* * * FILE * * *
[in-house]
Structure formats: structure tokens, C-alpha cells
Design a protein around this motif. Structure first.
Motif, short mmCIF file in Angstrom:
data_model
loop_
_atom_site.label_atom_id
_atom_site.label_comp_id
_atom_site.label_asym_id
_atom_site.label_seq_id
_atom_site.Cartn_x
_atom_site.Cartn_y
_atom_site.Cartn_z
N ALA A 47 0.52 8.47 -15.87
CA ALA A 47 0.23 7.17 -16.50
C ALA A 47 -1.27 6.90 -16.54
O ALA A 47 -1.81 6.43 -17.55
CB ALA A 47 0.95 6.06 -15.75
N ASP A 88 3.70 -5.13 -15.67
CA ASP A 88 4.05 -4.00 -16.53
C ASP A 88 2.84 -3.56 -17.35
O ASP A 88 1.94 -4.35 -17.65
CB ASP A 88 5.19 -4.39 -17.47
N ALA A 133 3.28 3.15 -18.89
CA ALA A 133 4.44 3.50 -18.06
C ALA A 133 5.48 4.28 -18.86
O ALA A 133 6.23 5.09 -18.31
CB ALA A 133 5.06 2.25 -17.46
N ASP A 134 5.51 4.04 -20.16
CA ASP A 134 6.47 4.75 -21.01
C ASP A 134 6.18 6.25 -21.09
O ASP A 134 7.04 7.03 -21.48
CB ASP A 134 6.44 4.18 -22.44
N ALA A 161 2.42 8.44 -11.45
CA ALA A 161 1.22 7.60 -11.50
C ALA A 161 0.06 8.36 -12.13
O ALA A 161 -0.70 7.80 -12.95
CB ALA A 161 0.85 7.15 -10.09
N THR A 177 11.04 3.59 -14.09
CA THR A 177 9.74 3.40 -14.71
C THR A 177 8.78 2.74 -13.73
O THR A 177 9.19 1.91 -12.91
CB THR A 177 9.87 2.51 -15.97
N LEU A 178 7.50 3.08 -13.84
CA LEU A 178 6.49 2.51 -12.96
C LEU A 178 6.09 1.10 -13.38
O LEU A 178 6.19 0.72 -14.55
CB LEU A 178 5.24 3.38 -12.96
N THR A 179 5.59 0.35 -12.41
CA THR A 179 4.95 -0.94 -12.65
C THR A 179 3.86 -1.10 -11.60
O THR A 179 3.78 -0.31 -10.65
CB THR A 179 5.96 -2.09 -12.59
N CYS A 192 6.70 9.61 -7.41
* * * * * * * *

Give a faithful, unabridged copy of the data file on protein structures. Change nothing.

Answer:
[in-house]
Structure formats: structure tokens, C-alpha cells
Design a protein around this motif. Structure first.
Motif, short mmCIF file in Angstrom:
data_model
loop_
_atom_site.label_atom_id
_atom_site.label_comp_id
_atom_site.label_asym_id
_atom_site.label_seq_id
_atom_site.Cartn_x
_atom_site.Cartn_y
_atom_site.Cartn_z
N ALA A 47 0.52 8.47 -15.87
CA ALA A 47 0.23 7.17 -16.50
C ALA A 47 -1.27 6.90 -16.54
O ALA A 47 -1.81 6.43 -17.55
CB ALA A 47 0.95 6.06 -15.75
N ASP A 88 3.70 -5.13 -15.67
CA ASP A 88 4.05 -4.00 -16.53
C ASP A 88 2.84 -3.56 -17.35
O ASP A 88 1.94 -4.35 -17.65
CB ASP A 88 5.19 -4.39 -17.47
N ALA A 133 3.28 3.15 -18.89
CA ALA A 133 4.44 3.50 -18.06
C ALA A 133 5.48 4.28 -18.86
O ALA A 133 6.23 5.09 -18.31
CB ALA A 133 5.06 2.25 -17.46
N ASP A 134 5.51 4.04 -20.16
CA ASP A 134 6.47 4.75 -21.01
C ASP A 134 6.18 6.25 -21.09
O ASP A 134 7.04 7.03 -21.48
CB ASP A 134 6.44 4.18 -22.44
N ALA A 161 2.42 8.44 -11.45
CA ALA A 161 1.22 7.60 -11.50
C ALA A 161 0.06 8.36 -12.13
O ALA A 161 -0.70 7.80 -12.95
CB ALA A 161 0.85 7.15 -10.09
N THR A 177 11.04 3.59 -14.09
CA THR A 177 9.74 3.40 -14.71
C THR A 177 8.78 2.74 -13.73
O THR A 177 9.19 1.91 -12.91
CB THR A 177 9.87 2.51 -15.97
N LEU A 178 7.50 3.08 -13.84
CA LEU A 178 6.49 2.51 -12.96
C LEU A 178 6.09 1.10 -13.38
O LEU A 178 6.19 0.72 -14.55
CB LEU A 178 5.24 3.38 -12.96
N THR A 179 5.59 0.35 -12.41
CA THR A 179 4.95 -0.94 -12.65
C THR A 179 3.86 -1.10 -11.60
O THR A 179 3.78 -0.31 -10.65
CB THR A 179 5.96 -2.09 -12.59
N CYS A 192 6.70 9.61 -7.41